Mom, dad, and their resident female corgi all drove to Florida to meet Tux, at the kennel, to see if this could possibly work.

Maybe our friend Tux understood he needed a new home. Maybe, no matter what, he wanted to get out of the kennel. For whatever reason, when the family arrived, although it must have strained him, Tux was on his very best behavior.

A getting-to-know-you hour ended with love all around. Tux enthusiastically jumped into his new family’s car and off they all drove, north to North Carolina.

Pam called us, knowing we worried about Tux. Here’s her report—

Her niece mailed Tux’s new family a big box full of his pedigree papers and his favorite toys. Also in the box was a jacket Pam had sewn for him, with a Welsh flag on one side, because he’s a Welsh corgi, and a Scottish flag on the other, honoring Pam’s and Wayne’s own heritage.

Tux knew that jacket. When his new family put it on him, they wrote, he “strutted all around the house like a little prince.”

And there is more good news. Pam now lives in Virginia near one of her sons and his wife, and—slowly—she is regaining strength. She has grit. She has a strong spirit.

So does Tux.

Life goes on.

--Joyce and Richard

Christmas Murdock

December 23, 2017

Tags: Animals, Dogs, Murdock

Murdock and Casey share their Christmas


Our friend Eric Morse sent us this photo of Murdock, the unofficial east-coast dog-race champion, and his friend, Casey, the old cat.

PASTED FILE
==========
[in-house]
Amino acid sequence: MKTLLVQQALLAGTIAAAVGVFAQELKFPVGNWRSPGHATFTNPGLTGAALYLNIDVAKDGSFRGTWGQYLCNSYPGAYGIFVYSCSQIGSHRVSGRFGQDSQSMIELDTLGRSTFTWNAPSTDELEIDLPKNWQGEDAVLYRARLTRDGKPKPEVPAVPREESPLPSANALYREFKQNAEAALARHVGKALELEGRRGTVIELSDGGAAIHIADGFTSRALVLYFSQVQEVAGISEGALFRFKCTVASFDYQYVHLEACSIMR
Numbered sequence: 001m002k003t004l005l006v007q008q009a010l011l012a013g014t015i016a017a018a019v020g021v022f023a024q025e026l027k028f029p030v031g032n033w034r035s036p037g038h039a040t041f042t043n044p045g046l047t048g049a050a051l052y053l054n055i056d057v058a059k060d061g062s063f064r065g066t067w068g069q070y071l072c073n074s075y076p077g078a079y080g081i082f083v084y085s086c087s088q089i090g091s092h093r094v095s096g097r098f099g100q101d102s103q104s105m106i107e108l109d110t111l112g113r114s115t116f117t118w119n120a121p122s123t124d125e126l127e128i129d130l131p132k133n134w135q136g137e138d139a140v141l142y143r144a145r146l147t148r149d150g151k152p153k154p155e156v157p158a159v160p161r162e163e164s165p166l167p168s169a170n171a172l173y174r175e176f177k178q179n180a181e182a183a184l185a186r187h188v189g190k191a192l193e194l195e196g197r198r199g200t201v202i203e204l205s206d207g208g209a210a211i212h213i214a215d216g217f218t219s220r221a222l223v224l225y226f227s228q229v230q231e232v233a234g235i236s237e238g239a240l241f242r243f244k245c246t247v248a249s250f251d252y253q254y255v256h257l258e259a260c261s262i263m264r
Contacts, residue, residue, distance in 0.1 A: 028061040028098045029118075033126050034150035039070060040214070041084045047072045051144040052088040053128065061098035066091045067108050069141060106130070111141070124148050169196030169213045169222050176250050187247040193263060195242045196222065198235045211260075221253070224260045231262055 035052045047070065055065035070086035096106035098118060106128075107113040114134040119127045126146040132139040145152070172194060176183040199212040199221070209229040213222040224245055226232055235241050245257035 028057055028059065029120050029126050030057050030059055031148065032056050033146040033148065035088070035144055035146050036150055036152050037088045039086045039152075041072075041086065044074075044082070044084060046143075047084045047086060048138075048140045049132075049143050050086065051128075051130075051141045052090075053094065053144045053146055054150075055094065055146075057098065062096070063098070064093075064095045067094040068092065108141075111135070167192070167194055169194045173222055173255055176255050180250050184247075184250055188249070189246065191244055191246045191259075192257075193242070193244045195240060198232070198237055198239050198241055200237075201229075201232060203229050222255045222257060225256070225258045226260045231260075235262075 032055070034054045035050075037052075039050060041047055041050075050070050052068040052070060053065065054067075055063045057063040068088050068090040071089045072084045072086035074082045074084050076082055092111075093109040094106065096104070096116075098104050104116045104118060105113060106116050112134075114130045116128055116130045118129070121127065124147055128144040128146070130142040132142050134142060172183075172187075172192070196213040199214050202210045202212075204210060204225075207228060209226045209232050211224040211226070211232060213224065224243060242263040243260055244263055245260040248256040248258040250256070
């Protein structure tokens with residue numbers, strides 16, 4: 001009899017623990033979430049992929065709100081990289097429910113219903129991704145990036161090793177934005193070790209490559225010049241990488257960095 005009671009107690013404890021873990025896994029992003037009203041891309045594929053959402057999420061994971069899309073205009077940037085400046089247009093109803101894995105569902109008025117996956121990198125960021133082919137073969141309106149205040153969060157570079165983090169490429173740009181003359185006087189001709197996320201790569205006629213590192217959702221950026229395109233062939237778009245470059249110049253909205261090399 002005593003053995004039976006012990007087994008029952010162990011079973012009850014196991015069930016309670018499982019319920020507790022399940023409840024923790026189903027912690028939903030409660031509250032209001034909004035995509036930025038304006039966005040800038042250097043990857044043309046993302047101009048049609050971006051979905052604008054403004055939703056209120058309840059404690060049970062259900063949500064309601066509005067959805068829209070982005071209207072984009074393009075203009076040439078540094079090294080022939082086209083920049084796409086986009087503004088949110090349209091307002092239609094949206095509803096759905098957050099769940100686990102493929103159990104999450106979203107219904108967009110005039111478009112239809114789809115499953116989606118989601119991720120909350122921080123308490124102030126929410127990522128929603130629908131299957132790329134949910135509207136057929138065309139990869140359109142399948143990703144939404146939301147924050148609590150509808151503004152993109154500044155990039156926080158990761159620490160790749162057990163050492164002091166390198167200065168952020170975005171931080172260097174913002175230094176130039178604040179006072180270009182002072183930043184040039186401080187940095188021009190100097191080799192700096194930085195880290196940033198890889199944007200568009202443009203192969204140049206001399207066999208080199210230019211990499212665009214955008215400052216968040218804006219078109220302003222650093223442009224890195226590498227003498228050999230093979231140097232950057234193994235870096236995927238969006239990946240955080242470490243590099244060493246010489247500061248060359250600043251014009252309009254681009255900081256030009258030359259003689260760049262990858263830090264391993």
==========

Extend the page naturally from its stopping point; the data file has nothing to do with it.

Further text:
Casey actually does regard Murdock as his best friend. Murdock, not so much. It's complicated.

No matter what, these two, with their Christmas tree and presents, radiate warmth and good will, just right for this season. In these stressful times, we can all use some of that.

So, we're sending out this image, to share with our readers.

Also, we think that Murdock, deep down, likes Casey a lot more than he lets on. Sometimes they snooze side-by-side, don't they?


--Joyce & Richard

HALL OF FAMER

June 27, 2017

Tags: Animals, Dogs, Murdock

Eric & Murdock, just awarded a ribbon for winning a race (again!)


In our celebrity obsessed society, where it seems only People Magazine A-listers rate attention, here’s what we see all around us—talent, ability, accomplishment, decency. In this blog, we try to acknowledge what we see.

So, here’s one….

Our friend Eric was just inducted into the Vermont runners’ Hall of Fame, with these words:

“For the better part of three decades, Eric Morse was the most dominant road runner in Vermont.” And this: “Whenever Eric entered a local race, the only question was who would finish in second behind him.”

Six-times the state’s high-school champion in cross country and track. A running scholarship to college. Then, seven times, a member of the U.S.A Mountain Running Team, competing internationally, often racing up Alpine peaks. Who even knew there was such a sport? Not us, until we met Eric.

He’s retired from Team U.S.A., but he still races. He partners with his super-fast West Highland Terrier, Murdock, and he’s still a champ—he and Murdock miss few “six-legged” races in the U.S. northeast.

They win every one.

--Joyce & Richard

Murdock Visits Again

December 25, 2016

Tags: Animals, Dogs, Murdock

Muddy Murdock

When our friend Murdock last visited, it was Green Murdock, because he got wet and rolled in the grass. Here he is again, but now it's Muddy Murdock--